IRIS and Hinode a stellar research team
A filament stretches across the lower half of the Sun in this image captured by NASA’s Solar Dynamics Observatory on 10 February 2015. Filaments are huge tubes of relatively cool solar material held high up in the corona by magnetic fields. Researchers simulated how the material moves in filament threads to explore how a particular type of motion could contribute to the extremely hot temperatures in the Sun’s upper atmosphere, the corona.
Modern telescopes and satellites have helped us measure the blazing hot temperatures of the Sun from afar. Mostly the temperatures follow a clear pattern: The Sun produces energy by fusing hydrogen in its core, so the layers surrounding the core generally get cooler as you move outwards — with one exception. Two NASA missions have just made a significant step towards understanding why the corona — the outermost, wispy layer of the Sun’s atmosphere — is hundreds of times hotter than the lower photosphere, which is the Sun’s visible surface.
The researchers focused on a solar feature called a filament. Filaments are huge tubes of relatively cool plasma held high up in the corona by magnetic fields. Researchers developed a computer model of how the material inside filament tubes moves, then looked for signatures of these motions with Sun-observing satellites.
This image taken on 19 October 2013, shows a filament on the Sun — a giant ribbon of relatively cool solar material threading through the Sun’s atmosphere, the corona. The individual threads that make up the filament are clearly discernible in this photo. This image was captured by the Solar Optical Telescope onboard JAXA/NASA’s Hinode solar observatory. Researchers studied this filament to learn more about how material gets heated in the corona.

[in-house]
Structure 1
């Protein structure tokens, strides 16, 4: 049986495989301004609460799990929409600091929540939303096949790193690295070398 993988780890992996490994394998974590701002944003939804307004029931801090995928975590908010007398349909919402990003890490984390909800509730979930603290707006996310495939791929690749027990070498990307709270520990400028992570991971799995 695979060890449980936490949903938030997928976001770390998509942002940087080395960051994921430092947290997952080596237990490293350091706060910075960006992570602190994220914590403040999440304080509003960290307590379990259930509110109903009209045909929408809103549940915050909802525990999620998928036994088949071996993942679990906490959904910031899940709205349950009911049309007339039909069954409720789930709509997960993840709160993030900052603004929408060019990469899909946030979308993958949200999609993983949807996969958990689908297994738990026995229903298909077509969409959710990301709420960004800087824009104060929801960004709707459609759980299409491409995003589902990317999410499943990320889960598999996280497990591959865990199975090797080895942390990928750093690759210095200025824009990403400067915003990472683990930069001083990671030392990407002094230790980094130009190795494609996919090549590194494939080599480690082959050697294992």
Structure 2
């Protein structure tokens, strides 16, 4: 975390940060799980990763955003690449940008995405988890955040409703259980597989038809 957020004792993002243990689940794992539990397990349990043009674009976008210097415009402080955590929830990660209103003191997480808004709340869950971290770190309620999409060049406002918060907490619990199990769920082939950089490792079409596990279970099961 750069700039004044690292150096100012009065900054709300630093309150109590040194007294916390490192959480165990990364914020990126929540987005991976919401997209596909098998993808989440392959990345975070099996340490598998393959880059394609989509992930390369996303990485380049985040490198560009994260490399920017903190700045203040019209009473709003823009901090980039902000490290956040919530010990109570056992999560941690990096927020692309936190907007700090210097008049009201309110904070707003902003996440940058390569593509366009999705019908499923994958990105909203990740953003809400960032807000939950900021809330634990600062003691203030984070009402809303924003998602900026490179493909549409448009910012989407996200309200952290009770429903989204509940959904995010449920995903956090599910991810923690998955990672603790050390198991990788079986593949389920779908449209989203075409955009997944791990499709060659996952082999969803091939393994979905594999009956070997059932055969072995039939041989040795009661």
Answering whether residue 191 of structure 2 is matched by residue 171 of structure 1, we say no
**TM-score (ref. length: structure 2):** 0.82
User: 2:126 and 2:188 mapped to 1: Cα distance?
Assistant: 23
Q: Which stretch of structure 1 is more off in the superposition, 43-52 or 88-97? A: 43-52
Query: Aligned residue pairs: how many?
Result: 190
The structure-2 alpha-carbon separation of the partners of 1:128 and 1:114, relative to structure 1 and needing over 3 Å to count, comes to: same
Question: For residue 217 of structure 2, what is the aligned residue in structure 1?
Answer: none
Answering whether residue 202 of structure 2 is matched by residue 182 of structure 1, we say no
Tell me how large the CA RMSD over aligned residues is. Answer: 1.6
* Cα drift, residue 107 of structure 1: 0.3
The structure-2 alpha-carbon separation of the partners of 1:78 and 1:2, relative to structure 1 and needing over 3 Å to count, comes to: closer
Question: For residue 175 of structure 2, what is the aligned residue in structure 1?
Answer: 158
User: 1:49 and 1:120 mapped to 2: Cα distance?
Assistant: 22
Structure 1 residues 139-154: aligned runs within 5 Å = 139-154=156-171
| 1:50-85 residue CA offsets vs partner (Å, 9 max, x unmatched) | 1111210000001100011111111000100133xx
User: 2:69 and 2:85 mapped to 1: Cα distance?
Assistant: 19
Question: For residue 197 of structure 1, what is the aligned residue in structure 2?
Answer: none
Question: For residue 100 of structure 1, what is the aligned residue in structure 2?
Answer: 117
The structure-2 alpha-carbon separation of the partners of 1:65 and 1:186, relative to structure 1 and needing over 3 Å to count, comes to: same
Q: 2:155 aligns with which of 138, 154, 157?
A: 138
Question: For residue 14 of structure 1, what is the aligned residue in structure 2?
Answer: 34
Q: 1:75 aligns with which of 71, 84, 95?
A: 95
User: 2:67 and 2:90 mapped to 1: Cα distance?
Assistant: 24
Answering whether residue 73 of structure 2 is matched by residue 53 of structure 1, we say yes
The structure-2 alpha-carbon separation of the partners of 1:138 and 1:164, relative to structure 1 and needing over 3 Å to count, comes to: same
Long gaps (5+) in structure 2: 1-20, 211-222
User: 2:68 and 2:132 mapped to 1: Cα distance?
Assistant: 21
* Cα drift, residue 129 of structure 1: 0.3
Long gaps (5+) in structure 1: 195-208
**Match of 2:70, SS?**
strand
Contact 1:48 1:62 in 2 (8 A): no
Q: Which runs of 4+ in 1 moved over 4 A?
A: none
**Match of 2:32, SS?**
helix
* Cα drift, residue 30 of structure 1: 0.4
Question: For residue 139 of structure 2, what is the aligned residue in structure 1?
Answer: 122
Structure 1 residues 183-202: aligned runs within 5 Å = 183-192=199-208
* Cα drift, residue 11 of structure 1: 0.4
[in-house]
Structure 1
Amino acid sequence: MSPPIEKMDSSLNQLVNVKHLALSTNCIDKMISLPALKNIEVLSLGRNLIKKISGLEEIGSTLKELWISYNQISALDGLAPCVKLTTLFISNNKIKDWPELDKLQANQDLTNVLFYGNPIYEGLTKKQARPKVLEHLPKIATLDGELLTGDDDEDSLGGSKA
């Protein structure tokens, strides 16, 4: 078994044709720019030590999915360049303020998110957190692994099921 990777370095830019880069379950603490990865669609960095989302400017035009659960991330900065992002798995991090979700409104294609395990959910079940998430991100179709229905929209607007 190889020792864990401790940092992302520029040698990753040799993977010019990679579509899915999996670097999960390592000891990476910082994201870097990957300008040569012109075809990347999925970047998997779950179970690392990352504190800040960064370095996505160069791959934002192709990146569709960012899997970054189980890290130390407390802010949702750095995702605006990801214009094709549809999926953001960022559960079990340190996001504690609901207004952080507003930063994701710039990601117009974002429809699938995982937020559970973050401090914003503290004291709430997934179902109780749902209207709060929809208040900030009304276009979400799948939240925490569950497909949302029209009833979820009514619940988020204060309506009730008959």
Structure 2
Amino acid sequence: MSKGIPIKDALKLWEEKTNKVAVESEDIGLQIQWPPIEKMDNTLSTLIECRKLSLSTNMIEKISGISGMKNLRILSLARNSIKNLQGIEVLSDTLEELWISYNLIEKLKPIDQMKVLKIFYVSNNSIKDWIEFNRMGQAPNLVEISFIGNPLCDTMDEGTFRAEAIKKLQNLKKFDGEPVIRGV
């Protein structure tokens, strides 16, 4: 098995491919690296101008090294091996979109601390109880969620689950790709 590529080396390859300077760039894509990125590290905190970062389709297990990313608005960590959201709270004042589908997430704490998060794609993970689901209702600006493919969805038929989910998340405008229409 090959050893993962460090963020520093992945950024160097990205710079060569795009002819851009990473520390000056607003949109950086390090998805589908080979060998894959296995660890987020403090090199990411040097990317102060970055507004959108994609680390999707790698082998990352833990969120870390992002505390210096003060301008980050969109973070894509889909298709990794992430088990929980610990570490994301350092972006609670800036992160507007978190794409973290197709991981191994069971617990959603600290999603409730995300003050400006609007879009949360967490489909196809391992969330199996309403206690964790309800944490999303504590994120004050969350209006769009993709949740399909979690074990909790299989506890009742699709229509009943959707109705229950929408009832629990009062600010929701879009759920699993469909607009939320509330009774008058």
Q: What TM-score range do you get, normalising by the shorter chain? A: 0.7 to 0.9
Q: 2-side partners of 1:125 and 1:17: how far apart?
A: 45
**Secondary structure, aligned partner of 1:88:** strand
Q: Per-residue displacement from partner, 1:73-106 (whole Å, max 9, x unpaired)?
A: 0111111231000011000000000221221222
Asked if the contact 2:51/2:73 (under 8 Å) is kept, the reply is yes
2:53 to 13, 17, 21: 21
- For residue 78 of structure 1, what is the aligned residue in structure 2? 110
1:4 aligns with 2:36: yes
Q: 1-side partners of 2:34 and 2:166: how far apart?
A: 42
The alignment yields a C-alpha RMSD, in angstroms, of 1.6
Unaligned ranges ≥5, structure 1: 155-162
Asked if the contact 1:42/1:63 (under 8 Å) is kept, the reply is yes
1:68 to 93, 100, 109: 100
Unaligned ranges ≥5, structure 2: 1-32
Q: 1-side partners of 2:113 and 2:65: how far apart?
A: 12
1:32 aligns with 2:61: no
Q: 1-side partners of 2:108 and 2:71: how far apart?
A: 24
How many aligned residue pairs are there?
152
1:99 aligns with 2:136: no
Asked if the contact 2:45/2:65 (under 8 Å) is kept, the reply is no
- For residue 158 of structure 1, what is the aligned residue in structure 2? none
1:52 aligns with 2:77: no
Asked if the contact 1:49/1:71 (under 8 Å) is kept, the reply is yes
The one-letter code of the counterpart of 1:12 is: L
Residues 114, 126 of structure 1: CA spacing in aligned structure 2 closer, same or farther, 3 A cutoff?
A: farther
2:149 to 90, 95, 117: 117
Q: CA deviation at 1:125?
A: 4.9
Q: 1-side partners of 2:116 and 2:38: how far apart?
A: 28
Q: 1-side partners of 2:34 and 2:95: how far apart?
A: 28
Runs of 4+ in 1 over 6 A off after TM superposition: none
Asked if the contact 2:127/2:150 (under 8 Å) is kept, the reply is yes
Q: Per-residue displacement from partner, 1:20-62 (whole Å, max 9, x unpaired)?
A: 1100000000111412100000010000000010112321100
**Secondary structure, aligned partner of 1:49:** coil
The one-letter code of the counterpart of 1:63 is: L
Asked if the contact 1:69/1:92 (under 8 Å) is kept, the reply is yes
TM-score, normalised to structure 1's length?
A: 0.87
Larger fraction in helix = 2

“Through numerical simulations, we show that the observed characteristic motion matches well what is expected from resonant absorption,” said Antolin.
The signatures of these motions appear in three dimensions, making them difficult to observe without the teamwork of several missions. Hinode’s Solar Optical Telescope was used to make measurements of motions that appear, from our perspective, to be up-and-down or side-to-side, a perspective that scientists call plane-of-sky. The resonant absorption model relies on the fact that the plasma contained in a filament tube moves in a specific wave motion called an Alfvénic kink wave, caused by magnetic fields. Alfvénic kink waves in filaments can cause motions in the plane-of-sky, so evidence of these waves came from observations by Hinode’s extremely high-resolution optical telescope.
This is a simulation of a cross-section of a thread of solar material, called a filament, hovering in the Sun’s atmosphere. The yellow area is the thread itself, where the material is denser, and the black area is the surrounding, less dense material. The characteristic wave motion leads to complex turbulence around the edges of the yellow thread, which heats the surrounding black material. This model was created with the Aterui supercomputer at the Center for Computational Astrophysics at the National Astronomical Observatory of Japan.